Cay Sal Bank
Cay Sal Bank (Spanish: Placer de los Roques) is the third largest (after Great Bahama Bank and Little Bahama Bank) and the westernmost of the Bahama Banks. It is located between 23º27'N - 24º10'N and 079º25'W – 080º35'W. In a geographical sense, it is separate from the Bahamas proper as it is much closer to Cuba (from which it is separated by Nicholas Channel, at a distance of 50 km (31 mi)) than to the closest Bahamanian island. It is separated by Santaren Channel from the Great Bahama Bank, the western rim of which is 50 km (31 mi) to the east. The Straits of Florida separate it from the United States mainland and the Florida Keys (Key Largo is 100 km (62 mi) to the north).
Administratively, the bank and its islands are part of Bimini district, the main islands of which are 150 km (93 mi) to the north. The closest point of any other named Bahamian land to the bank is Orange Cay ( ), the southernmost island of the Bimini Chain. The distance between Orange Cay and the nearest dry land of Cay Sal Bank, the Dog Rocks, is 120 km (75 mi). The westernmost tip of Andros is the second closest point of land, approximately 145 km (90 mi) east of Cay Sal Bank.
Cay Sal Bank is an atoll of roughly triangular shape, with a base along the south rim of 105 km (65 mi), and a width of 66 km (41 mi) north-south, with islets along its rim, except along the south side facing Nicholas Channel, where it has only numerous rocky coral heads. As such, it is one of the largest atolls of the world. Among the atolls with some land area (i.e. disregarding totally submerged atoll structures), Cay Sal Bank, with a total area of 5,226.73 square kilometres (2,018.05 sq mi), is second only to Great Chagos Bank, while the land area measures only 1,487 km2 (574.13 sq mi). The lagoonal surface has a depth of 9 to 16 metres (30 to 52 ft). The individual islands (i.e. islets or cays) are 96 in number.
The islands, rocks and reefs along the rim of the atoll are listed clockwise from southwest to southeast:
- Lavenderas (Lavanderas) Rocks, (submerged)
- Cay Sal,
- Rompidas Ledge, (submerged)
- Elbow Cays,
- Crenula Cay
- Double Headed Shot Cays,
- Water Cays (West Water Cay and East Water Cay),
- Marion Rock, (submerged)
- Deadman Cays,
- Muertos Cays, (between east and west island/reef groups)
- Dog Rocks, (northernmost island/reef group)
- Damas Cays, (approximate center of chain)
- North Dangerous Shoals (North Dangerous Rocks),
- South Dangerous Shoal,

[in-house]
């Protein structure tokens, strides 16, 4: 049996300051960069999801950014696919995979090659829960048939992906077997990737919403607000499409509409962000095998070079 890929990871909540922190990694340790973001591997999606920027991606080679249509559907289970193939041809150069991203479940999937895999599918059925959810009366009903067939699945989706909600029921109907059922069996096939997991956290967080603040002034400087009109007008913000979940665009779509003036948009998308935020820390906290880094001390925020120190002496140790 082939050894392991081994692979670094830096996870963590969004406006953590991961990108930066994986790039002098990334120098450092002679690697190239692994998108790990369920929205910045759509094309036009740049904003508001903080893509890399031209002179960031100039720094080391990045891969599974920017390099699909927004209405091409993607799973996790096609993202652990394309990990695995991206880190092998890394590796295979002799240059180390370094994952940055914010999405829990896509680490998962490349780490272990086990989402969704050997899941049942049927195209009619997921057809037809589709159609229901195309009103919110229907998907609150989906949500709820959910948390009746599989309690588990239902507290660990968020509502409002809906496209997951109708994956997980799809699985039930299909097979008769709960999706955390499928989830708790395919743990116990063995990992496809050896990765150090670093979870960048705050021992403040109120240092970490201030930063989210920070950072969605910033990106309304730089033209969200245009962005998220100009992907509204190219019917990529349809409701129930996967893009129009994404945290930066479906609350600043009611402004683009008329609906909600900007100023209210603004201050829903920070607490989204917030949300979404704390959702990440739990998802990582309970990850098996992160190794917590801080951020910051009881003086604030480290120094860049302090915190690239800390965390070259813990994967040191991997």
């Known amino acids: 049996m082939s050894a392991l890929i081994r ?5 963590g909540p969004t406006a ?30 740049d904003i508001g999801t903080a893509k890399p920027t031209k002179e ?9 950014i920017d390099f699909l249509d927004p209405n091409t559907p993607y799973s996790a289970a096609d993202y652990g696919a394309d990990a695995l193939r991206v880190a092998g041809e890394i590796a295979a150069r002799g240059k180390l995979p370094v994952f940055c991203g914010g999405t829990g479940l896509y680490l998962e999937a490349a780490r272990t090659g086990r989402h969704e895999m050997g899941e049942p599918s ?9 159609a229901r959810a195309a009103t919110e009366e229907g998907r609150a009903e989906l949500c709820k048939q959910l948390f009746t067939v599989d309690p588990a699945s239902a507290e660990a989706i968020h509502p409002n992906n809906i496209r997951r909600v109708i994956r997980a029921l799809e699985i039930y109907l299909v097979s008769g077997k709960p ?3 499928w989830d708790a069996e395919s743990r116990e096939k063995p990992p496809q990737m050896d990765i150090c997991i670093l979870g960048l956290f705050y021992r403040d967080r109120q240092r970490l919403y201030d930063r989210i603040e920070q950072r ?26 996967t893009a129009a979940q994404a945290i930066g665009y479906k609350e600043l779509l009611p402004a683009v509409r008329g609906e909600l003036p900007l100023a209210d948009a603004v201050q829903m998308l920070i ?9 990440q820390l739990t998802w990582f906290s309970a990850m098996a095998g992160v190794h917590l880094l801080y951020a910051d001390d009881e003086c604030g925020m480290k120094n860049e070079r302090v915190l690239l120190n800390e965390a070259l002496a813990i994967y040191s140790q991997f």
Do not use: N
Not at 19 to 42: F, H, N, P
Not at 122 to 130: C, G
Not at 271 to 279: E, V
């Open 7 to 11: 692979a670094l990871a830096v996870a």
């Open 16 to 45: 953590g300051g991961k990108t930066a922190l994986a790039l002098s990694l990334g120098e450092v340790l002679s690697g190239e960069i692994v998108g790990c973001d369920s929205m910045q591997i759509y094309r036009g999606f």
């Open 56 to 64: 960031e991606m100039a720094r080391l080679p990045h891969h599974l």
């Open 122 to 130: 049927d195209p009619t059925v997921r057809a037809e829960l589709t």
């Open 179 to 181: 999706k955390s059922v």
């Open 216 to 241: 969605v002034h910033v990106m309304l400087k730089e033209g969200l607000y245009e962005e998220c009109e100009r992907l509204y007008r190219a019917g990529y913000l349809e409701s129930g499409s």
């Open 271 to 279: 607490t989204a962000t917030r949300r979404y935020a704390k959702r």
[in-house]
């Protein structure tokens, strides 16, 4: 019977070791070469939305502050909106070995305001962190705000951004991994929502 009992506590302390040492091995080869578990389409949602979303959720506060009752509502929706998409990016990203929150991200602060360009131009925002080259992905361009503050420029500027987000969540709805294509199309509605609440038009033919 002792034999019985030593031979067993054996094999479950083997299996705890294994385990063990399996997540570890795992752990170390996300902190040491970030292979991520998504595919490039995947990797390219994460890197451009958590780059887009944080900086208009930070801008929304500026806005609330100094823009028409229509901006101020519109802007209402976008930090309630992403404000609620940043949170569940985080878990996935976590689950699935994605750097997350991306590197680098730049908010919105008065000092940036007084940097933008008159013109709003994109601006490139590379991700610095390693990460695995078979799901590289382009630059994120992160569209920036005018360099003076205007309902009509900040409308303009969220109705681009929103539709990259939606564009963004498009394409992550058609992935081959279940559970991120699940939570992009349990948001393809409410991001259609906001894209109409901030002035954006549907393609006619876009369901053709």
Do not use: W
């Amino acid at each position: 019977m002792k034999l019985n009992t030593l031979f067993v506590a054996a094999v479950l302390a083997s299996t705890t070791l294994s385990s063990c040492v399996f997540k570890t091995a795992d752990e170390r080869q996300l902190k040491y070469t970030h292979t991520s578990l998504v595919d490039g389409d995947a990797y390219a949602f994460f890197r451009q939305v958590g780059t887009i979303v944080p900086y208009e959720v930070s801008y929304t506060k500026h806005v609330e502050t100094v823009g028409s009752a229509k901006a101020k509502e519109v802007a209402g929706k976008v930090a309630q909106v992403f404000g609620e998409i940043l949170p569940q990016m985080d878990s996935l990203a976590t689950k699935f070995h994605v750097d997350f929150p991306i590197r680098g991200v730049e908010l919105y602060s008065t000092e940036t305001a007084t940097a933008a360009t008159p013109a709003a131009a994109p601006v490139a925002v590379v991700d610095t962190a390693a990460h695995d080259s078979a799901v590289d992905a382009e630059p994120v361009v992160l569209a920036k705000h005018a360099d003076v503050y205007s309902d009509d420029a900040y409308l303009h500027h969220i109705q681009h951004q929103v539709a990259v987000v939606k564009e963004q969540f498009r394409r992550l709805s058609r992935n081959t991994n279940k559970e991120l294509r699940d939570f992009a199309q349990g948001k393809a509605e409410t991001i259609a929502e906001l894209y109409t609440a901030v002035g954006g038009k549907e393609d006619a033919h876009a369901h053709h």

- Bellows Cay,
- Anguilla Cays,
Cay Sal, the main island in the southwest, is 1.6 km (1.0 mi), 1.22 km2 (0.47 sq mi) in area, and is no longer inhabited. In its interior is a large salt pond commonly replenished by heavy wind-driven seas that broach the islet along its southwest side. It is covered with stunted palm trees and marked by several dilapidated buildings standing on its west side.
Rompidas Ledge is a submerged coral head 3 km (2 mi) northwest of Cay Sal, about 1 square kilometre (0.4 sq mi) in extension and only 6 metres (20 ft) deep. The cargo ship M/V Cork ran aground there in 1983, and position is marked by its wreck.
The Elbow Cays are the westernmost group, running southwest to northeast along the Straits of Florida. The southernmost cays of the group consist of unnamed islets and rocks. Northeast of these are South Elbow Cay (the westernmost named cay of Cay Sal Bank) and North Elbow Cay (sometimes just Elbow Cay). North Elbow Cay, which is the largest and highest of the cays, is marked by a disused conical stone lighthouse, which is 17.7 metres (58 ft) high.
The Double Headed Shot Cays are a group of elongated cays that extend northeastward from the Elbow Cays, incorporating the Water Cays and all islets and reefs up to the Deadman Cays. They are in a position on the northwest side of Cay Sal Bank where the Florida Current, in its course east and north through the Straits of Florida, usually sets close offshore at full strength.
Anguilla Cays, near the southeast extremity of Cal Say Bank, consist of several elongated, scrub-covered, sandy islands which are swampy near their southern end, and are marked here and there by stunted palm trees. The northern end of Anguilla Cays is marked by a beacon, 5 m high. Anguilla Cay is the name of the northern and second largest of the Anguilla Cays. Cotton Cay (sometimes just South Anguilla Cay) is the largest and southernmost of the Anguilla Cays. Between the two is the much smaller Middle Cay. There are also a number of smaller, unnamed cays or rocks.
- NOAA Navigational Chart #11013, Atlantic Coast: Straits of Florida and Approaches. 48th Edition, corrected though Feb-12. Available as a NOAA Raster Navigational Chart at the NOAA Office of Coast Survey RNC Downloads website.
- Cay Sal Bank
- NGA Navigational Chart #27087, Cay Sal Bank. 3rd Edition, corrected through Mar-01.
- Atoll Research Bulletin
- Sailing Directions
- 1996 Turtle Symposium
- islets and features, with coordinates
- video of C6ARI DXpedition to Cay Sal Bank, January 2007